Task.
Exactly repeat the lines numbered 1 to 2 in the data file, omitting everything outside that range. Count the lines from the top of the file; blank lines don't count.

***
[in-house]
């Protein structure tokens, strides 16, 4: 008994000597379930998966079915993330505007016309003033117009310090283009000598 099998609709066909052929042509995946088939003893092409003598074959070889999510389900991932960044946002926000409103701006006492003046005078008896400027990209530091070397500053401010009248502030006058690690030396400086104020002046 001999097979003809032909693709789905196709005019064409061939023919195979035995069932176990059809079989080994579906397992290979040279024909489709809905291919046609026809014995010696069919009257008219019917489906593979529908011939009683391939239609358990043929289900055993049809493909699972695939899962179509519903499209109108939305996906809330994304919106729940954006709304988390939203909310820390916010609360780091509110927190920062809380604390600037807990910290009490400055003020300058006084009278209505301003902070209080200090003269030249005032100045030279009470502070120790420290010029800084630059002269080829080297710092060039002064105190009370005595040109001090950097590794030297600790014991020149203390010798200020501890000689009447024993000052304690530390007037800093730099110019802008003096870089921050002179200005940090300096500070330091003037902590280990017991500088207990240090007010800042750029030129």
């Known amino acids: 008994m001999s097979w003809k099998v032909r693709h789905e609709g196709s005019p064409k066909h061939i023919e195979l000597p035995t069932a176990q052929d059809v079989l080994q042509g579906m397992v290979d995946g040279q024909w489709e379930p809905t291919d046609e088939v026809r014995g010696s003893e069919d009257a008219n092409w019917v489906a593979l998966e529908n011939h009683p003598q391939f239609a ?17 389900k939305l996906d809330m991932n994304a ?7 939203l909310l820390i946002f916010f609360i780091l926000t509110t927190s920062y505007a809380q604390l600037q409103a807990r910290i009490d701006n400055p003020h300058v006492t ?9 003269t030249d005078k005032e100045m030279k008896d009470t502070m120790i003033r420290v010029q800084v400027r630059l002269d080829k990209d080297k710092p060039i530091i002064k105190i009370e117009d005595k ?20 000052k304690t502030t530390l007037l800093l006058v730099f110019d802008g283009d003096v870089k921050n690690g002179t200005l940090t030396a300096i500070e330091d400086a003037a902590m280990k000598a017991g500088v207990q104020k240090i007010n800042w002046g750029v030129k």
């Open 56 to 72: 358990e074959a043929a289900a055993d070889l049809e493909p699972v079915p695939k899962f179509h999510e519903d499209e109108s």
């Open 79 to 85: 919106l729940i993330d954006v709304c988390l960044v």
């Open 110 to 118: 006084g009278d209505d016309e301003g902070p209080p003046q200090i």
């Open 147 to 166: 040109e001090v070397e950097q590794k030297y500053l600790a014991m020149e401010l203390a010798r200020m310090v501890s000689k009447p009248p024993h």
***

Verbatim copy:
[in-house]
């Protein structure tokens, strides 16, 4: 008994000597379930998966079915993330505007016309003033117009310090283009000598 099998609709066909052929042509995946088939003893092409003598074959070889999510389900991932960044946002926000409103701006006492003046005078008896400027990209530091070397500053401010009248502030006058690690030396400086104020002046 001999097979003809032909693709789905196709005019064409061939023919195979035995069932176990059809079989080994579906397992290979040279024909489709809905291919046609026809014995010696069919009257008219019917489906593979529908011939009683391939239609358990043929289900055993049809493909699972695939899962179509519903499209109108939305996906809330994304919106729940954006709304988390939203909310820390916010609360780091509110927190920062809380604390600037807990910290009490400055003020300058006084009278209505301003902070209080200090003269030249005032100045030279009470502070120790420290010029800084630059002269080829080297710092060039002064105190009370005595040109001090950097590794030297600790014991020149203390010798200020501890000689009447024993000052304690530390007037800093730099110019802008003096870089921050002179200005940090300096500070330091003037902590280990017991500088207990240090007010800042750029030129």